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China’s airport bomber is only the latest desperate individual to provoke online compassion in a nation where the judicial system is calibrated both to allow for extralegal oppression and to prevent the remedying of citizens’ grievances. Three days before the airport explosion, a watermelon seller in central China died on the street after being attacked by chengguan. The next day, in the country’s northeast, another vendor was beaten by a clutch of urban-management thugs. Meanwhile, thousands of petitioners, each armed with a tale of official malfeasance, continue to flock to Beijing, hoping that an ancient system of bringing their woes to the Emperor — or, at least, to the State Bureau for Letters and Visits — will result in wrongs righted. Their wishes are misplaced — until the Communist Party makes protecting individual rights more of a priority. “In China, we have courts and lawyers, but we have no rule of law,” says blogger Li, whose Sina Weibo social-media account was shuttered by censors after he posted on the watermelon vendor’s death. “Almost every week, two or three similar incidents happen. It’s dizzying.”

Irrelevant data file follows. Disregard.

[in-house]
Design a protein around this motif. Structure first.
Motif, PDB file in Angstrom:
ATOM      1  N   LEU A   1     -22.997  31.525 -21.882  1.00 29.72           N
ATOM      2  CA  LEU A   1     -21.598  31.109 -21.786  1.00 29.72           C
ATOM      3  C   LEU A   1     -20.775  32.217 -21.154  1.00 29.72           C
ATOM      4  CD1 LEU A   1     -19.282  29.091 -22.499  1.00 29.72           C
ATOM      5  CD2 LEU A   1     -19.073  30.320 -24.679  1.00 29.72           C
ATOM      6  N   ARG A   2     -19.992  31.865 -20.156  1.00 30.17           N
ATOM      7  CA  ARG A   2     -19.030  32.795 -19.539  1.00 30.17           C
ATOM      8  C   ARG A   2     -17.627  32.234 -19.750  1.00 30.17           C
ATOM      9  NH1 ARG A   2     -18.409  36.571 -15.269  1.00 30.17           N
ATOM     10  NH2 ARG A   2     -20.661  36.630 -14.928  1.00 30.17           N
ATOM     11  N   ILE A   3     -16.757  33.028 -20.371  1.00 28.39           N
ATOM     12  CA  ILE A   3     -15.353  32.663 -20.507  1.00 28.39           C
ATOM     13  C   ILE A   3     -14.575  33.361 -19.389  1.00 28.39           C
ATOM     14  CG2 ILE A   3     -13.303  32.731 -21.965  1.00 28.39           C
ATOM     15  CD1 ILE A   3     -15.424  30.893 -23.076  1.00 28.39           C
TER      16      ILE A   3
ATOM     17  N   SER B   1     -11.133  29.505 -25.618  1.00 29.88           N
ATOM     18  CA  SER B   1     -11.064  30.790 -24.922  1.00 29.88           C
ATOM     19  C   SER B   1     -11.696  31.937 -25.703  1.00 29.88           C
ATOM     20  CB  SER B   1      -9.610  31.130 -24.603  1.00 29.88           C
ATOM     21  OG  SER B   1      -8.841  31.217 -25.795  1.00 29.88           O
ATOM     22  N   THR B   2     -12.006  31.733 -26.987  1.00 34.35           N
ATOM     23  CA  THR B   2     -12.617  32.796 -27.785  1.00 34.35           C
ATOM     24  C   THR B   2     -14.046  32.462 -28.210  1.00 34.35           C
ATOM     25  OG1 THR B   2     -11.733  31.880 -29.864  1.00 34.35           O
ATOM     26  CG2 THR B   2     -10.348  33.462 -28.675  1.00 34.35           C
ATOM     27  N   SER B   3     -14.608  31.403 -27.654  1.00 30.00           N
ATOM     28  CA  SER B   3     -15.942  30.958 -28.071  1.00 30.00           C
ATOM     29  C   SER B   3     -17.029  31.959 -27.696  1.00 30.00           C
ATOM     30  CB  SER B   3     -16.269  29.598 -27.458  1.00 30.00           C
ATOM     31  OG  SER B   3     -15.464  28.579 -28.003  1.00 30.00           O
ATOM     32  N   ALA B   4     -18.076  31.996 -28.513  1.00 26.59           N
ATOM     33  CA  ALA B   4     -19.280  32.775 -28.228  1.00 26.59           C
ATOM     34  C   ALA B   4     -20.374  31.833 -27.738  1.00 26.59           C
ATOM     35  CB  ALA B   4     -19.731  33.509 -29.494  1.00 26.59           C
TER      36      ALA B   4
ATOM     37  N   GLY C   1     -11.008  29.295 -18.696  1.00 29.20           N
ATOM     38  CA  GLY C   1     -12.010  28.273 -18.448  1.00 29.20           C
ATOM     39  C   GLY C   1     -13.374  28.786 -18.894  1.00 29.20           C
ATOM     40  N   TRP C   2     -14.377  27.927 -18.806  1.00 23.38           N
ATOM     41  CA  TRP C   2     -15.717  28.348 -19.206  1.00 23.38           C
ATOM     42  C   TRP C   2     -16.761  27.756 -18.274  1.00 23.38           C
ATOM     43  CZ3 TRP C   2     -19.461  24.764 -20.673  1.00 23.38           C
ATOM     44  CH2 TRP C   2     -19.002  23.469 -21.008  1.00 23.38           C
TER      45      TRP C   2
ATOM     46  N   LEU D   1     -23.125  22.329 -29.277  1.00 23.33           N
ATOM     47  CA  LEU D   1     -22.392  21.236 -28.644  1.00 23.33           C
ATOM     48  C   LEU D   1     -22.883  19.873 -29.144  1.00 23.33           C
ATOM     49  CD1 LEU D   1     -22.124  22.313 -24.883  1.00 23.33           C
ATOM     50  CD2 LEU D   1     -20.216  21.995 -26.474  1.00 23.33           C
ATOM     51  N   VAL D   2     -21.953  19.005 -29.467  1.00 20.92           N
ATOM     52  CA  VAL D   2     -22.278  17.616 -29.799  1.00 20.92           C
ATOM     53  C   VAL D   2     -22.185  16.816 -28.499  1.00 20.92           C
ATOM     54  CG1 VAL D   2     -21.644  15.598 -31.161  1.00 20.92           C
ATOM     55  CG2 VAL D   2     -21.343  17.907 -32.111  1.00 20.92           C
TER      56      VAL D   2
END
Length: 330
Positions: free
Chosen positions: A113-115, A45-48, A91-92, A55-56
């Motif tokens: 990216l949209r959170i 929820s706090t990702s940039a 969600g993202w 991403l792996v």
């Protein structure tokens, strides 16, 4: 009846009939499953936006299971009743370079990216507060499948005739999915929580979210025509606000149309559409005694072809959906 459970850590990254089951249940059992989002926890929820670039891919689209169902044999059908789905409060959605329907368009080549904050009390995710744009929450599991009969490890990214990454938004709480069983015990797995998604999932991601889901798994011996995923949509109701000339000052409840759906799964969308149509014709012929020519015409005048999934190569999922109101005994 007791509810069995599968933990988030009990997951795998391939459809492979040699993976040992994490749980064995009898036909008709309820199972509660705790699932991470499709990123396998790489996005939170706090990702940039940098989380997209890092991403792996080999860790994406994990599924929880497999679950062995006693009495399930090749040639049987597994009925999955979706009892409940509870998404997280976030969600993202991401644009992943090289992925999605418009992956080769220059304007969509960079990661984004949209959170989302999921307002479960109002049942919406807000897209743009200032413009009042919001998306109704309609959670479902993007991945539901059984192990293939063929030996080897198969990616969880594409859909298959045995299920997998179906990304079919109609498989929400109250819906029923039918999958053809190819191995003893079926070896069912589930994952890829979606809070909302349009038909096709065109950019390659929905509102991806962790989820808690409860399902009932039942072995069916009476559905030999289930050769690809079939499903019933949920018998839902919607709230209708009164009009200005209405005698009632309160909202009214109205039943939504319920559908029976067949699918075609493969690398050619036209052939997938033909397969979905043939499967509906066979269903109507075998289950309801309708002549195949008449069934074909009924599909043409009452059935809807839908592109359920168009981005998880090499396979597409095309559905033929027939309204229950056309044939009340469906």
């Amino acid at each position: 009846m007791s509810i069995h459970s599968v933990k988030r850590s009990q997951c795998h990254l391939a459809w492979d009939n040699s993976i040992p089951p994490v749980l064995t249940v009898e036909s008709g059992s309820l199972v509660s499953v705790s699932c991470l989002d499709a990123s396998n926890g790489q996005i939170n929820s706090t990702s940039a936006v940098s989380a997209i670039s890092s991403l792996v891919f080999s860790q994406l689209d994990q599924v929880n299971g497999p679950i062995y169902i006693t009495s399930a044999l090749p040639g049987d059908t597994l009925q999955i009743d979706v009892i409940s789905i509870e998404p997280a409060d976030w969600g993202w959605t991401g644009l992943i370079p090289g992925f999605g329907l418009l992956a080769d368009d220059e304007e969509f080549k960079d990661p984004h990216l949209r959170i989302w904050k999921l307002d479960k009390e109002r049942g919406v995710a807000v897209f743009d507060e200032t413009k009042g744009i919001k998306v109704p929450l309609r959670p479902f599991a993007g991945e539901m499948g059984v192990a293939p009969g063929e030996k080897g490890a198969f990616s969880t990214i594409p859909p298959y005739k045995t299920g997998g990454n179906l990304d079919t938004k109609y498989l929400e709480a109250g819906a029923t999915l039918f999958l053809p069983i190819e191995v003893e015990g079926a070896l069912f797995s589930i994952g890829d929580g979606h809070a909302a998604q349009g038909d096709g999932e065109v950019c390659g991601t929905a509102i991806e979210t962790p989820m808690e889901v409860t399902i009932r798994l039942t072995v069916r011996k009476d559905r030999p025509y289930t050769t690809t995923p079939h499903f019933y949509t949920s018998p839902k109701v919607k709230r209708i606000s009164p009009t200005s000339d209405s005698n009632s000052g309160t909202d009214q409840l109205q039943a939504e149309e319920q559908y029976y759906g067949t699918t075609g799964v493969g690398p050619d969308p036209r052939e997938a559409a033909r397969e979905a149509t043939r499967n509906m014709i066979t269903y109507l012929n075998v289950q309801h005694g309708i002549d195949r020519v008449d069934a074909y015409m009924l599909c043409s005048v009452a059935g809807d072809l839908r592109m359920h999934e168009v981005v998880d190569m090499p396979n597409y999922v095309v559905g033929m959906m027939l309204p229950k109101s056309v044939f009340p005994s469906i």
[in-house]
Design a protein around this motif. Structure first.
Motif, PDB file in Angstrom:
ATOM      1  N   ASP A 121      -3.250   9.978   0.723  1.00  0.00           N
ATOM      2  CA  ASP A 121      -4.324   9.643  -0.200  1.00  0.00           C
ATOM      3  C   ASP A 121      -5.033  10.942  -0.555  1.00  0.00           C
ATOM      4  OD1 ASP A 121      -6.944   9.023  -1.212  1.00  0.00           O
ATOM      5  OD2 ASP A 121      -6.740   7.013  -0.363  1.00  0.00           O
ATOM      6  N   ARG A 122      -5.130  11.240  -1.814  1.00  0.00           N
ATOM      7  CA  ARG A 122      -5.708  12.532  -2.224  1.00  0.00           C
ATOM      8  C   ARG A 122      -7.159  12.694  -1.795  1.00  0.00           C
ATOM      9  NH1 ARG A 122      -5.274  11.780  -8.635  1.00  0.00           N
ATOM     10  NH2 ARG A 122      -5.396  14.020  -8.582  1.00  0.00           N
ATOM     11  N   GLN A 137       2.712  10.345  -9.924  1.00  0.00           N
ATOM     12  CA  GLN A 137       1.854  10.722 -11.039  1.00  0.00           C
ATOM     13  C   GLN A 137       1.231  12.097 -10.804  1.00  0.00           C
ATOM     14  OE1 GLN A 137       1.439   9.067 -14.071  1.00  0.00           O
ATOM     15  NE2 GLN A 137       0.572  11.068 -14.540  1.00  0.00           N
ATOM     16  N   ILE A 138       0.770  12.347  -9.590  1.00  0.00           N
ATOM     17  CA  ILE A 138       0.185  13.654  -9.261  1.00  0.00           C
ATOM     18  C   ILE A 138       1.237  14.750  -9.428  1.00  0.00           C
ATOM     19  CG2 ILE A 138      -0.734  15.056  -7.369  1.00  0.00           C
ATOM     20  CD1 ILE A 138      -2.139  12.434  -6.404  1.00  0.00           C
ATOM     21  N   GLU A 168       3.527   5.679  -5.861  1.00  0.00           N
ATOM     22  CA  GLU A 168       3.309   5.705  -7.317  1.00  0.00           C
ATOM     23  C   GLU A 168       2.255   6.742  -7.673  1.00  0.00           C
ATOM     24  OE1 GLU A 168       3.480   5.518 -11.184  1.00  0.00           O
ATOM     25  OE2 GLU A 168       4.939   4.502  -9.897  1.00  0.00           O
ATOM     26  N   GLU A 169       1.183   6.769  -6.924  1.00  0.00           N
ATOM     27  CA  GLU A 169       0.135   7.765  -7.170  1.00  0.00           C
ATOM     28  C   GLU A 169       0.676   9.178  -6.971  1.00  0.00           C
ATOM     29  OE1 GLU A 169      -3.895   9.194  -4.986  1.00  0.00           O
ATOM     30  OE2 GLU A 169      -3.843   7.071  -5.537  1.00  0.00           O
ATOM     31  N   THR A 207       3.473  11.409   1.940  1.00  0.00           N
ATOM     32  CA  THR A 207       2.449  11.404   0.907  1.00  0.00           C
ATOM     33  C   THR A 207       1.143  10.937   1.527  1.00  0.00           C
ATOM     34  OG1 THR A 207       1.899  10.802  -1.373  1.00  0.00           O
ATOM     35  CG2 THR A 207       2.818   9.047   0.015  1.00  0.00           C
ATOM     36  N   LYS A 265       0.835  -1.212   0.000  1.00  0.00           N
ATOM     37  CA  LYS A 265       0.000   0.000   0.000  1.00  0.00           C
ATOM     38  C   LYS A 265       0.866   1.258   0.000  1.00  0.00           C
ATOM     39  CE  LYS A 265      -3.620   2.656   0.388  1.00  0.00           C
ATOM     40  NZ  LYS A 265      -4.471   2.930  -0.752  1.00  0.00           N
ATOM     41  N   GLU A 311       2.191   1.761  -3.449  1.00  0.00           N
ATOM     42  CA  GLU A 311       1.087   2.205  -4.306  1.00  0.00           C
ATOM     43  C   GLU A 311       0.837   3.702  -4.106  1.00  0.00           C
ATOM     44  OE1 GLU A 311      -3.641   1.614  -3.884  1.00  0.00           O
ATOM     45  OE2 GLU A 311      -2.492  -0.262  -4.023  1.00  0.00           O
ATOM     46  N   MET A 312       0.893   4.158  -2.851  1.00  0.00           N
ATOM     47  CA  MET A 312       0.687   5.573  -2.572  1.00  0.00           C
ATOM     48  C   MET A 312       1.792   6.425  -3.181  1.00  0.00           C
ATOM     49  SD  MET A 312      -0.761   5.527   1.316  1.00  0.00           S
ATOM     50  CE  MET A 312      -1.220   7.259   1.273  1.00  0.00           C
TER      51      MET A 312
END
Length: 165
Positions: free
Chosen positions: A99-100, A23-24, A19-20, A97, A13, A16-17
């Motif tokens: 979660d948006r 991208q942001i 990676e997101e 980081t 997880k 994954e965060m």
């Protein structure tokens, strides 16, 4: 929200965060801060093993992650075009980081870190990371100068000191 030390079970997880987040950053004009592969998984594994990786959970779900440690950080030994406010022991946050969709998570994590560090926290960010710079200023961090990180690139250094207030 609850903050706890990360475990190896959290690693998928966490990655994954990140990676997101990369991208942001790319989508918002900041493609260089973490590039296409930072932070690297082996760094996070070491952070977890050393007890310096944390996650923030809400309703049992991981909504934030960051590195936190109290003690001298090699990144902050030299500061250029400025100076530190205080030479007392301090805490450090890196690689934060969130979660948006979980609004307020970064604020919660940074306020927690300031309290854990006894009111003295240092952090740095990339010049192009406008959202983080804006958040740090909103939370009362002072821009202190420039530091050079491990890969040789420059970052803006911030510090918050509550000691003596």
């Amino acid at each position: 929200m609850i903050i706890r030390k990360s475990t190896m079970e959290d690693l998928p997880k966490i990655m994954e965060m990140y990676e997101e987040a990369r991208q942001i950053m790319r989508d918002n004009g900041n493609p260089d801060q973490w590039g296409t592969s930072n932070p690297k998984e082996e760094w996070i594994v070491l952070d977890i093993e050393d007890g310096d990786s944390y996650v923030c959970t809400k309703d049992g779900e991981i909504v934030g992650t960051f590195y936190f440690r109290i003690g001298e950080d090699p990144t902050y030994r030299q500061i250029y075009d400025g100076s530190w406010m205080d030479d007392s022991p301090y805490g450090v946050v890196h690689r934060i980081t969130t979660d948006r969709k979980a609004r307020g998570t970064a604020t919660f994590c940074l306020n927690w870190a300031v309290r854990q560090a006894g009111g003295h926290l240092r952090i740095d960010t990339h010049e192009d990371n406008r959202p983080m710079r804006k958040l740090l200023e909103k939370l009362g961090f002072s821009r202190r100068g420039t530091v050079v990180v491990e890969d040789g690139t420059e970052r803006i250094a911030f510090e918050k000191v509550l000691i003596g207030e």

It’s also numbing. Every few days, I receive a text message from petitioners who in a sentence or two try to plead their case for publication in TIME. “Please help me things,” said one message in broken English I received earlier this month from a farmer I’ve known for years. Apple grower Yu Baozhong has sustained multiple beatings and jailings after having dared to challenge the local chieftains by winning a village election. When he calls, which is often, and I struggle to decipher his thick provincial dialect, I have no idea how to respond anymore.

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What I think but do not say is that in more than a decade of interviewing petitioners, I have never met a single person who has succeeded in receiving suitable compensation or justice. With the rise of Chinese microblogging, or Weibo, some of the most egregious instances of abuse of power can get a public airing. This is a huge change from a few years before. A day after Ji tried to blow himself up — doctors were forced to amputate his hand but there were no other significant injuries at the airport — China’s state broadcaster announced that Dongguan authorities were reopening his case. But should it take a homemade bomb at one of the world’s largest airports to trigger such action? And other cases, like the 120 Tibetans who have immolated themselves in recent years to protest government repression, remain strictly censored.